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Exploring urban governance innovation

Author  :  WEI SIYU     Source  :    Chinese Social Sciences Today     2020-03-06

Much has yet to be done to facili-tate China’s urban governance and its modern transformation, scholars observed.

We need to resolve urban issues by improving traffic and increas-ing access to education and medi-cal services, so as to meet people’s growing desire for a better life, said Zheng Shuiquan, vice chair-man of the University Council of Renmin University of China (RUC). Essentially, the level of state governance is shown in the country’s capacity to run its cities.

Despite the great achievements of China’s modernization, there is still a gap between China and some developed countries in terms of urban governance. As such, Zheng concluded that we need to change our philosophy of and approaches to urban gover-nance as well as the system and mechanism behind it.

To be specific, regarding our philosophy of governance, we need to replace the mindset of “managing the city” with “govern-ing the city.” As for how our cities are run, Zheng said that we need to transition from rough planning to meticulous planning, a process in which new technologies such as big data can help. As for the participants in urban governance, enterprises, communities and citizens should also get involved besides the government. Togeth-er, the entire society should build and govern the city and share the fruits of their joint efforts.

Sun Baiying, a professor from the School of Public Administra-tion and Policy (SPAP) at RUC, said that we should seek a break-through in urban governance through institutional improve-ment. We should address the challenges brought by a diverse society by establishing contractu-al relationships in urban life and strengthening legal construction.

Qiu Pei’en, a professor from the Party School of the Central Committee of the CPC, said that innovating with the urban gover-nance system requires us to break away from the current routine of administrative law enforcement. We need to trim the redundant administrative law enforcement procedures, further integrate the law enforcement team and explore ways to carry out comprehensive, interdisciplinary and interdepart-mental law enforcement.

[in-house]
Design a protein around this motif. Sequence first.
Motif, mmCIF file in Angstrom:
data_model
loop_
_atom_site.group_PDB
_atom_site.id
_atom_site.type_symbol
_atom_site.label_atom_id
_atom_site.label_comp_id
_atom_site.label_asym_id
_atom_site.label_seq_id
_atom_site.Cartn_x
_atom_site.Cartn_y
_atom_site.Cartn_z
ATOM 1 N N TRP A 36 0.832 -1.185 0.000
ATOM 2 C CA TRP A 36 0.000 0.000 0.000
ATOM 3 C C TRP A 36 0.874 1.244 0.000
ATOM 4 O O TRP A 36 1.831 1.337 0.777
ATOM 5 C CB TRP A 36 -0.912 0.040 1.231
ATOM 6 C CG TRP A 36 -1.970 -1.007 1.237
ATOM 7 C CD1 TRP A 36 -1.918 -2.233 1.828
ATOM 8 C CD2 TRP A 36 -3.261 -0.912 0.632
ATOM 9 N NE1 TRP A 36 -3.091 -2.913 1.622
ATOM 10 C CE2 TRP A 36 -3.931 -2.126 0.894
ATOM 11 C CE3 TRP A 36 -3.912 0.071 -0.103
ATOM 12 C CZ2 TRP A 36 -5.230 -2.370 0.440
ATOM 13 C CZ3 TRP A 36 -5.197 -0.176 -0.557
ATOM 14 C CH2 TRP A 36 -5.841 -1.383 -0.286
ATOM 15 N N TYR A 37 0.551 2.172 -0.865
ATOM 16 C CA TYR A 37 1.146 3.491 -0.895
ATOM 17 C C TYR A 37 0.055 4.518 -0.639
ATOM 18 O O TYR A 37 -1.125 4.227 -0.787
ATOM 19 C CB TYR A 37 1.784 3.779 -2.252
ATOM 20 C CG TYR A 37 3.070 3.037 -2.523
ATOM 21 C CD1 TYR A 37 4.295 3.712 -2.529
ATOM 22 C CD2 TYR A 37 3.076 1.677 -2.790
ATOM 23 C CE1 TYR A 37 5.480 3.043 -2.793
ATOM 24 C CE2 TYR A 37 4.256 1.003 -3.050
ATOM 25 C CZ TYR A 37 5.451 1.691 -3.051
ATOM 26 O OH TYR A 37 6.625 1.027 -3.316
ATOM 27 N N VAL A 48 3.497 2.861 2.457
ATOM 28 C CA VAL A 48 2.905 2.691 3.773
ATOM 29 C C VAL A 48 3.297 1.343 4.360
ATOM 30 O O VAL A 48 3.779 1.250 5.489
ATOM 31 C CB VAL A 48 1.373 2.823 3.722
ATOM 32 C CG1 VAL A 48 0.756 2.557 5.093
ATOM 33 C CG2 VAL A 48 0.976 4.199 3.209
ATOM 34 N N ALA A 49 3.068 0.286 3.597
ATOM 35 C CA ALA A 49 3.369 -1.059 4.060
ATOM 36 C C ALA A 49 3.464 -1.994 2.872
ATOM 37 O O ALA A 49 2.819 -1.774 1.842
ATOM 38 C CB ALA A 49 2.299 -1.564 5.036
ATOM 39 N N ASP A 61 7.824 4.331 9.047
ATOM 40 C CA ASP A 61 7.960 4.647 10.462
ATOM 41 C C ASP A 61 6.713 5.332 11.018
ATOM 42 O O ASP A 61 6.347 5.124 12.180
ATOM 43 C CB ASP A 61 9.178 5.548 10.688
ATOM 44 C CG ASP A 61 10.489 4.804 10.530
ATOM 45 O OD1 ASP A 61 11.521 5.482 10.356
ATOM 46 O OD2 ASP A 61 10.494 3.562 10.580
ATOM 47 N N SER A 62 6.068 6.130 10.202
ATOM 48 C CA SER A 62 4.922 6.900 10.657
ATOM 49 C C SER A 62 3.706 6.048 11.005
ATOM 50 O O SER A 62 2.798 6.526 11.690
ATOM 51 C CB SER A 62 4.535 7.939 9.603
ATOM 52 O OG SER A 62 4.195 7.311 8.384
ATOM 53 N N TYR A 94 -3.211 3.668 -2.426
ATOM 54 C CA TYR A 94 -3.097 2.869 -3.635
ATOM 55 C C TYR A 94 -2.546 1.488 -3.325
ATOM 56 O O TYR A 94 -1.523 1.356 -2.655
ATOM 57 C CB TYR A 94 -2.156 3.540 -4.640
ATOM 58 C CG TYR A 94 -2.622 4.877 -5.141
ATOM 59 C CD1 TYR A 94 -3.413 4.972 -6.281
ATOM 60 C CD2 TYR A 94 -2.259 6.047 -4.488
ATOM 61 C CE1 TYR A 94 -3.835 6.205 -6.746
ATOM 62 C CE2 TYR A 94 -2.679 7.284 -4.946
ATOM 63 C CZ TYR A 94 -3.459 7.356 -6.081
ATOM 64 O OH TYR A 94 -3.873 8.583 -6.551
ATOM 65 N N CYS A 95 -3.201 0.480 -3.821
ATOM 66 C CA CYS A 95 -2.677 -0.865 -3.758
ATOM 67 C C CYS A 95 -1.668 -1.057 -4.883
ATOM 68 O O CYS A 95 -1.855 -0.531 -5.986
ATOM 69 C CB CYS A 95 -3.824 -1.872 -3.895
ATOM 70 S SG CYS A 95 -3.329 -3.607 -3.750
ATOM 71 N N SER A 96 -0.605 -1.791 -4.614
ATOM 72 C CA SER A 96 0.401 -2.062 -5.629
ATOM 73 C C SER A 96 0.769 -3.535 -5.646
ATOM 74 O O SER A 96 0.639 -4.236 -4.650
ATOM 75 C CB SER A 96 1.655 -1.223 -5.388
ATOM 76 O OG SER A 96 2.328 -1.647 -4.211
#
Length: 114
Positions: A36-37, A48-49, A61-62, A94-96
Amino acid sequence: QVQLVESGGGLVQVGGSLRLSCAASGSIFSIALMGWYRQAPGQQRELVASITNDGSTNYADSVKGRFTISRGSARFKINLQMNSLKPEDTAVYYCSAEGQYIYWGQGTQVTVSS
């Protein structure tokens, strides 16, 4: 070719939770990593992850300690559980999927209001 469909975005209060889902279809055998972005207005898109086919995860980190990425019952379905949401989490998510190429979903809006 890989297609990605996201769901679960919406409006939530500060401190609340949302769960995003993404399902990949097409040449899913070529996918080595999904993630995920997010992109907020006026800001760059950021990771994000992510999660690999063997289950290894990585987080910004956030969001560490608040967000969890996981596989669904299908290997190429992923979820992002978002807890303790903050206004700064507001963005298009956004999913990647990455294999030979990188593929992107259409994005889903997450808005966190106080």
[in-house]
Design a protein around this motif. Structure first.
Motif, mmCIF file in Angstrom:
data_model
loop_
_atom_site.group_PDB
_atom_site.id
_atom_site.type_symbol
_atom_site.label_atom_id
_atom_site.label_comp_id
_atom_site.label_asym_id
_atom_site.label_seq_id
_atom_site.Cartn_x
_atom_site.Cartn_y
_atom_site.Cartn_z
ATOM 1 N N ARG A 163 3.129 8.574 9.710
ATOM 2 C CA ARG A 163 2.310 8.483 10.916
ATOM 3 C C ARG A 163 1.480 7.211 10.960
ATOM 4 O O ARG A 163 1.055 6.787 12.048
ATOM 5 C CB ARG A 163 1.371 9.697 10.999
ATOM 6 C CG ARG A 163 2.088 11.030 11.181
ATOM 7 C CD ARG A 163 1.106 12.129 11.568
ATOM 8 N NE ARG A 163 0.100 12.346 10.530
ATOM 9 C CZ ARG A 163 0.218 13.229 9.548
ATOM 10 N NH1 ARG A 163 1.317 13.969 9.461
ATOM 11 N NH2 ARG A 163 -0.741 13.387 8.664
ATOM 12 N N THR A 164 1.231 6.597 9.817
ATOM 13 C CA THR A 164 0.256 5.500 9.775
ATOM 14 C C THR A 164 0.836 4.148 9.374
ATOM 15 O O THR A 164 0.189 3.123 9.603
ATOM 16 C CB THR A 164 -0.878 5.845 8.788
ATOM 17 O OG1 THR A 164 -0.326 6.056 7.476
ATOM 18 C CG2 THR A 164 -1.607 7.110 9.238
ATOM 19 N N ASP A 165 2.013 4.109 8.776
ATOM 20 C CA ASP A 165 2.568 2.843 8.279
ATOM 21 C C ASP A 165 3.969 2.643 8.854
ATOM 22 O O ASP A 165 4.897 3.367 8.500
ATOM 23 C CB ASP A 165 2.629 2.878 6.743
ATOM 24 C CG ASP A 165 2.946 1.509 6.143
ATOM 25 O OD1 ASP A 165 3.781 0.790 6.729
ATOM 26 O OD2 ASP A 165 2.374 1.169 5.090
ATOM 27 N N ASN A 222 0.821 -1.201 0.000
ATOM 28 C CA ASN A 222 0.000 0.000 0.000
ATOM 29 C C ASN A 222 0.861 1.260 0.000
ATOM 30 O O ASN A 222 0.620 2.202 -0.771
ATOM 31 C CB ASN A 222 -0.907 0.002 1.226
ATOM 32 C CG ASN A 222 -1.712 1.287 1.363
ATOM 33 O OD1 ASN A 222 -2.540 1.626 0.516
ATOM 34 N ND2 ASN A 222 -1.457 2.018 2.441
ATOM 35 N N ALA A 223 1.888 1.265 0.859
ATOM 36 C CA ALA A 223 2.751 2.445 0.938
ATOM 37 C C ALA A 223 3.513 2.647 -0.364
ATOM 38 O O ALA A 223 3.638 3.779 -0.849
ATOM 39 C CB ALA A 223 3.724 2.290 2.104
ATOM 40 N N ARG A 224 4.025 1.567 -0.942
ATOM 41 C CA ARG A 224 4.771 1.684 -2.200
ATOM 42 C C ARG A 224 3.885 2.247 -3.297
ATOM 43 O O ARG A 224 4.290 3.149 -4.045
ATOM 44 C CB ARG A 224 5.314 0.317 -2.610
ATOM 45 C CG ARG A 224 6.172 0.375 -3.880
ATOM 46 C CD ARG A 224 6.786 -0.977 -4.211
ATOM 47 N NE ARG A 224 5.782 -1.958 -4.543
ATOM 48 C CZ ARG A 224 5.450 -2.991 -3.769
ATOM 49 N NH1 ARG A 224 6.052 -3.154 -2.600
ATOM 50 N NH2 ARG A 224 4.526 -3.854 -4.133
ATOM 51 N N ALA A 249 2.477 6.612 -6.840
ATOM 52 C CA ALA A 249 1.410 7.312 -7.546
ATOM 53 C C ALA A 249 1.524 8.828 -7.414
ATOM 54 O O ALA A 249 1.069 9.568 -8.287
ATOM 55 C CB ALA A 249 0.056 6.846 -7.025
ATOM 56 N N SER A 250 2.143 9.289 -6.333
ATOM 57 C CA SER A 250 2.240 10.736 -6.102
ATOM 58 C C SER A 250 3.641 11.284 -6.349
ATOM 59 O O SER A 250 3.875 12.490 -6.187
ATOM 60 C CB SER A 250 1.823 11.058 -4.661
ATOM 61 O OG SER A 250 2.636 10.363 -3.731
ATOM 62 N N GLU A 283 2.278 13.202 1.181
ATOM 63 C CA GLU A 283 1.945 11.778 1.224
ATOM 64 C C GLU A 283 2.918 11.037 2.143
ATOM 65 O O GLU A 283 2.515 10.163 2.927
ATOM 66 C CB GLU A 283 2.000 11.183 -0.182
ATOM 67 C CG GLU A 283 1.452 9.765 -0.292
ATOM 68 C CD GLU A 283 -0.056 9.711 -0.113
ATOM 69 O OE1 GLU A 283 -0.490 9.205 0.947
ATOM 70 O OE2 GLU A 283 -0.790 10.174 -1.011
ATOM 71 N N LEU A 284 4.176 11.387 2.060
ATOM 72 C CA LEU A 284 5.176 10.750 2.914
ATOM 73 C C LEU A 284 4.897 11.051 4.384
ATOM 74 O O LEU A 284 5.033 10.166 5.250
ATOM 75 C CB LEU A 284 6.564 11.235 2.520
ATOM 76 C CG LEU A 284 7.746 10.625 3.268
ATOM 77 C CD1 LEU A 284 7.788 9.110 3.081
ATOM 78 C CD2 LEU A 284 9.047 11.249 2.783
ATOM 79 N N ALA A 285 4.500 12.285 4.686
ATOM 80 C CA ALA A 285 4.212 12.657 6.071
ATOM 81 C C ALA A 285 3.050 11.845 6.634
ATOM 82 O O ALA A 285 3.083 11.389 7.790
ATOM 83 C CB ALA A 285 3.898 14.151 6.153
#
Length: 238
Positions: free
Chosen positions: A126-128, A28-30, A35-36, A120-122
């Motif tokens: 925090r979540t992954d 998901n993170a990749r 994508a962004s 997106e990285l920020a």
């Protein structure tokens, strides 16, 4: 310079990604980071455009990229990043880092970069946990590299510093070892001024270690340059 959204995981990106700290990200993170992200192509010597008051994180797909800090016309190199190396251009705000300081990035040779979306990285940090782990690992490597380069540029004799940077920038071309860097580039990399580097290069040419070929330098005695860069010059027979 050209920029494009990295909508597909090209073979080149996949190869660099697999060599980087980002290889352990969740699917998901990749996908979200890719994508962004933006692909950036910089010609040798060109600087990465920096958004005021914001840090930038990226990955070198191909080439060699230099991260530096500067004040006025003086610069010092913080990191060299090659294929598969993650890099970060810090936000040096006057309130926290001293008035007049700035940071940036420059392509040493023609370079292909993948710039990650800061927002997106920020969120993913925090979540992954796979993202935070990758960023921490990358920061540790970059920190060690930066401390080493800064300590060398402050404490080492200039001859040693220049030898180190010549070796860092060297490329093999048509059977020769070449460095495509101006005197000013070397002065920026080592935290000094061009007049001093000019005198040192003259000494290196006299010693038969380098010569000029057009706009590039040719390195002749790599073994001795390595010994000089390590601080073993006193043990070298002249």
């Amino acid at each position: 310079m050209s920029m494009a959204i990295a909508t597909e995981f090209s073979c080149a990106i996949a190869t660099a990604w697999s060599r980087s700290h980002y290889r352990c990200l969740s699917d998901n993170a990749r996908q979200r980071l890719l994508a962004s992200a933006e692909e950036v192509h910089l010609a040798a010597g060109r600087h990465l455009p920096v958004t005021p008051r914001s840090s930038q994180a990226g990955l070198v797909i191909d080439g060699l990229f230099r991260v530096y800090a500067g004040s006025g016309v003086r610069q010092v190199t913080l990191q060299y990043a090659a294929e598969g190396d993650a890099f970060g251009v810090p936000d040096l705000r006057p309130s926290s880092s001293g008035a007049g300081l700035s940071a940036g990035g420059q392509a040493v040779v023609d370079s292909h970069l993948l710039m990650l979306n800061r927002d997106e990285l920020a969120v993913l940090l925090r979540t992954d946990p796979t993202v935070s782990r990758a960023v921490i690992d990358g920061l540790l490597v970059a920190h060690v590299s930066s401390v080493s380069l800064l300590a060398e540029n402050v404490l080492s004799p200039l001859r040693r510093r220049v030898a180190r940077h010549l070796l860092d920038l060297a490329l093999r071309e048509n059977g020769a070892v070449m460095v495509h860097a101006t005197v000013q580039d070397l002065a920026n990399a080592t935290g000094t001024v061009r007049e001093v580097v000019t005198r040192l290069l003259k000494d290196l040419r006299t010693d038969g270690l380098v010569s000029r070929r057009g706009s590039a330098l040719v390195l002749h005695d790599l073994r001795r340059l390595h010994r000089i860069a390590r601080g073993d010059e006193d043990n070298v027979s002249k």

Zhang Linshan, an associate research fellow at the National Development and Reform Com-mission, shared his views from the perspective of market gover-nance. Zhang suggested focusing more on supervision during and after project implementation in-stead of on pre-implementation approval. Meanwhile, more ef-forts should be made to strength-en supervision over product qual-ity and products concerning food safety and consumers’ health.

Ye Yumin, a professor from the SPAP at RUC, said that a “new dual structure” exists within mar-ginal areas of big cities, which is to say the dual structure between developed central urban areas and backward marginal areas and that of people with and without the registered permanent local residence. There are two direct causes to the phenomenon: the difficulty of spatial governance in urban villages and the availability of housing to new citizens.

Solving the housing issue for migrants should be considered as an important goal of upgrading urban villages. When the housing issue is solved, we can then deal with other problems inside urban villages, Ye said.

Editor: Yu Hui

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